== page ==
Shame, shame, shame

With so many postings and repostings of stories showing up on my Facebook feed on a daily basis, I tend to overlook most of them.

That is, unless someone has made a glowing comment about how funny the post is.

Let’s face it. No matter how our day is going, we can all use a little more laughter in it, right?

Well, if you spend any time on the Internet at all, you’ve probably heard of dog shaming. It’s when people take pictures of their naughty dogs and then explain the naughty act on a piece of paper placed near the often-shameful looking face of their pooch.

This particular post caught my eye because the one who posted it (a high school classmate of mine) was pleased his own dog hadn’t made the list.

The comments that followed made it impossible for me to ignore the story. That many LOL’s, ha-ha’s and he-he’s made me click on the link. (Yes, it was those other readers … they made me do it!)

I’m also pleased to report that my Molly did not make this year’s list of the 30 naughtiest dogs.

That’s not to say she wasn’t deserving of such an award when she was a puppy. I think anyone who has ever owned a dog during its puppy stages can relate.

Have you ever seen those orange flags utility crews put in the ground to mark underground wires?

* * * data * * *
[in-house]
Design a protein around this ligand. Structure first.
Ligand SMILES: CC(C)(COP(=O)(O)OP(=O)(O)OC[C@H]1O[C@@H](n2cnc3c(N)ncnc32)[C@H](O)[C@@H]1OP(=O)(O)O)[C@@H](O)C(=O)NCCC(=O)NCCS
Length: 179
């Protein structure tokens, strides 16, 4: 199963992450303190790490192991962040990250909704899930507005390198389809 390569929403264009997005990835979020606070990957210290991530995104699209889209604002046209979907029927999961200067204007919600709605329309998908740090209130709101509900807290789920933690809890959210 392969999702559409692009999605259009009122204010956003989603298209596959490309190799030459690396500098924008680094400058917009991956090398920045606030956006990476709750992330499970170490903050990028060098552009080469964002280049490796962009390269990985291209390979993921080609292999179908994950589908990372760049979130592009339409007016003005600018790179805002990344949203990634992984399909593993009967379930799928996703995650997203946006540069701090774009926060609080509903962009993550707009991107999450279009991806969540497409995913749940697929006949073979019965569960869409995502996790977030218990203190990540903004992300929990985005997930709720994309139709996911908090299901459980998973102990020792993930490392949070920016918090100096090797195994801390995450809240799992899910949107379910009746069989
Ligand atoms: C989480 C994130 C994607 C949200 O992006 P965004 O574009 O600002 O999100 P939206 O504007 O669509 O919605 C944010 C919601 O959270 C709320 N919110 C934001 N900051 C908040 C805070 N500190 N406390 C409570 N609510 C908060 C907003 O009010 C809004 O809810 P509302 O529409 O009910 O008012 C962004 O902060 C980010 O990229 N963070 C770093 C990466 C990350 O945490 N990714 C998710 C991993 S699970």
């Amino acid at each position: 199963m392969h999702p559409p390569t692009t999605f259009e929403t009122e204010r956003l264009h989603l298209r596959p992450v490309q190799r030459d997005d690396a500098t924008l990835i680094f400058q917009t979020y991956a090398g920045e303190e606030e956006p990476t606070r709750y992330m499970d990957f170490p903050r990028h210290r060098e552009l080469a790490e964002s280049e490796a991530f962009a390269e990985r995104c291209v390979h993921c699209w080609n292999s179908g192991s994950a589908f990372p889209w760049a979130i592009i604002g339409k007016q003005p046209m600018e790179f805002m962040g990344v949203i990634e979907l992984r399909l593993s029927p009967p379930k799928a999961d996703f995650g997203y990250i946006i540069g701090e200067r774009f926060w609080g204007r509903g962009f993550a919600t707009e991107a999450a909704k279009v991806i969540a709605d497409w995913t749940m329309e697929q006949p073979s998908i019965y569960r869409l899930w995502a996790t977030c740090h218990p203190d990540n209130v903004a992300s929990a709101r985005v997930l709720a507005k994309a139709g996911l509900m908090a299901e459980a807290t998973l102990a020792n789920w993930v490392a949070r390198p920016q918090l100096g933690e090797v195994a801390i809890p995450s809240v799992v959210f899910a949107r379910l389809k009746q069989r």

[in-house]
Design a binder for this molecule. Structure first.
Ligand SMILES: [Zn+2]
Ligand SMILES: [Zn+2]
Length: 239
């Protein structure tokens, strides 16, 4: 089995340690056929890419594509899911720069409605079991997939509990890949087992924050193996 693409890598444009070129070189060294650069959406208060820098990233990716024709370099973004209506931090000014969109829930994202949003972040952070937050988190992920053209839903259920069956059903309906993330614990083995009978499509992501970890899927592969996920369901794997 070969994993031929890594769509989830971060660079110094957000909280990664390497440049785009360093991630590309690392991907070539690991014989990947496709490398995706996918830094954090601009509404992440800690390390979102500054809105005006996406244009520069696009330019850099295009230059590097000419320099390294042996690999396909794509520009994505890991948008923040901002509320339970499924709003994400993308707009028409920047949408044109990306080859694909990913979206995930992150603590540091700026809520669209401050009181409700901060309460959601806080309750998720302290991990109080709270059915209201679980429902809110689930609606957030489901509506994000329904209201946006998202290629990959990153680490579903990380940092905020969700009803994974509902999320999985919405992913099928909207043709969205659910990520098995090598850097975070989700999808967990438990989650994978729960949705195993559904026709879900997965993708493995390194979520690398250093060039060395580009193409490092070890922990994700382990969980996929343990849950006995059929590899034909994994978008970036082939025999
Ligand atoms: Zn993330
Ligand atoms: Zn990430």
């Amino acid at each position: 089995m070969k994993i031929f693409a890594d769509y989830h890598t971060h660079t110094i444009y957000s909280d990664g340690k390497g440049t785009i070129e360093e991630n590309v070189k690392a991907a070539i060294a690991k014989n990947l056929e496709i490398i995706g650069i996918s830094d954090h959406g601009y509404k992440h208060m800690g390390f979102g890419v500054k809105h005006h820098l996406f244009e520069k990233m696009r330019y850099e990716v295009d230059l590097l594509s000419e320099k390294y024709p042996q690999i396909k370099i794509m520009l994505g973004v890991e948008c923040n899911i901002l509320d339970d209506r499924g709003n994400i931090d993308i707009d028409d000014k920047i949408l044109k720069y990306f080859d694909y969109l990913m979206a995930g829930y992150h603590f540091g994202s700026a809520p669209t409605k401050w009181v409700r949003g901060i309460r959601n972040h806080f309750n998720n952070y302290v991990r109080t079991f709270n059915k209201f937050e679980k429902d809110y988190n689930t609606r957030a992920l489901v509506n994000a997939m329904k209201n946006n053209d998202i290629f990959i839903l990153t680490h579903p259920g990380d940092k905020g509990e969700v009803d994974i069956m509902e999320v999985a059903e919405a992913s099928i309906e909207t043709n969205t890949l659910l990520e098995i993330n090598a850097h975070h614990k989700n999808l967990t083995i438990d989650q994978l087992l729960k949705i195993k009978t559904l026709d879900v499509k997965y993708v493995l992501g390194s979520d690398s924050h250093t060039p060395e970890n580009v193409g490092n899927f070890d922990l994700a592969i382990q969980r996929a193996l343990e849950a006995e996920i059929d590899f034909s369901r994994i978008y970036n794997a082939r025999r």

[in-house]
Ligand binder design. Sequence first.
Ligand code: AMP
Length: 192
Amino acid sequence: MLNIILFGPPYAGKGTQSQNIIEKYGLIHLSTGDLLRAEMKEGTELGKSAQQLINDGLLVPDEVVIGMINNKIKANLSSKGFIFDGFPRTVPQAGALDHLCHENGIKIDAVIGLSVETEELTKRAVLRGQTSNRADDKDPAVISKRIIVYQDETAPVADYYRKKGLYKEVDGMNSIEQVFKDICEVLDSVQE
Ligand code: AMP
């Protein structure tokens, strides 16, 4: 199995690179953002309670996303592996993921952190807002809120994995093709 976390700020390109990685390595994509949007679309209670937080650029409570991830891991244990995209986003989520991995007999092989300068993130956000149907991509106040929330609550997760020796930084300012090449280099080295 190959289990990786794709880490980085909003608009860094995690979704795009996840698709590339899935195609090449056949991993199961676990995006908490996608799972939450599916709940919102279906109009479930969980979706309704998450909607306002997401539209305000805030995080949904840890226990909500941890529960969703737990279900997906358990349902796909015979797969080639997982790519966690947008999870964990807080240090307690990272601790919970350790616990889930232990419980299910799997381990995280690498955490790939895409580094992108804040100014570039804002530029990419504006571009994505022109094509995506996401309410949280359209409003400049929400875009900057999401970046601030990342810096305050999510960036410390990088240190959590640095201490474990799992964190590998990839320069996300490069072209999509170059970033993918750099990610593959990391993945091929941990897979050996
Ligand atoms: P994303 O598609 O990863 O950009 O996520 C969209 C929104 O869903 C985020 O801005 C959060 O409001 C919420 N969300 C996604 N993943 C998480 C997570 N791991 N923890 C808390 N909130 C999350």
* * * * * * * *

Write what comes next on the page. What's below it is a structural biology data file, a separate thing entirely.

When Molly was a puppy, I returned home from work one day (this was when I lived on a rented farm place south of town) to find several of those orange flags — tattered and torn by her puppy teeth — waiting on my door step.

Another day, I returned home to find a fluffy, floral comforter spilling out the door of her dog house.

I was a bit mystified by that one, but come to find out, Molly stole it off the neighbor’s clothesline. (Upon closer inspection, the wooden clothespins gave it away!)

That one involved an apology to the neighbors and what should have been a return of the stolen comforter, had it not been for the mud stains that I couldn’t get out in the wash.

These days, it’s hard to look at Molly and think of those naughty things she did as a puppy. But don’t parents do the same thing when they look at their children? Parents — whether of children or of pets — remember the good, and come to laugh at the naughty.

I wonder if Santa Claus does the same thing. I have yet to see some naughty little kid get a lump of coal for Christmas. On the other hand, our pooches get to make do with a new bone.

Not my Molly, though. She’s getting a new dog bed under the Christmas tree this year. A new squeaker toy is part of the deal as well, but I was too impatient to wait for Christmas … that and she broke the squeaker out of her purple duck about a month ago.

Naughty dog!

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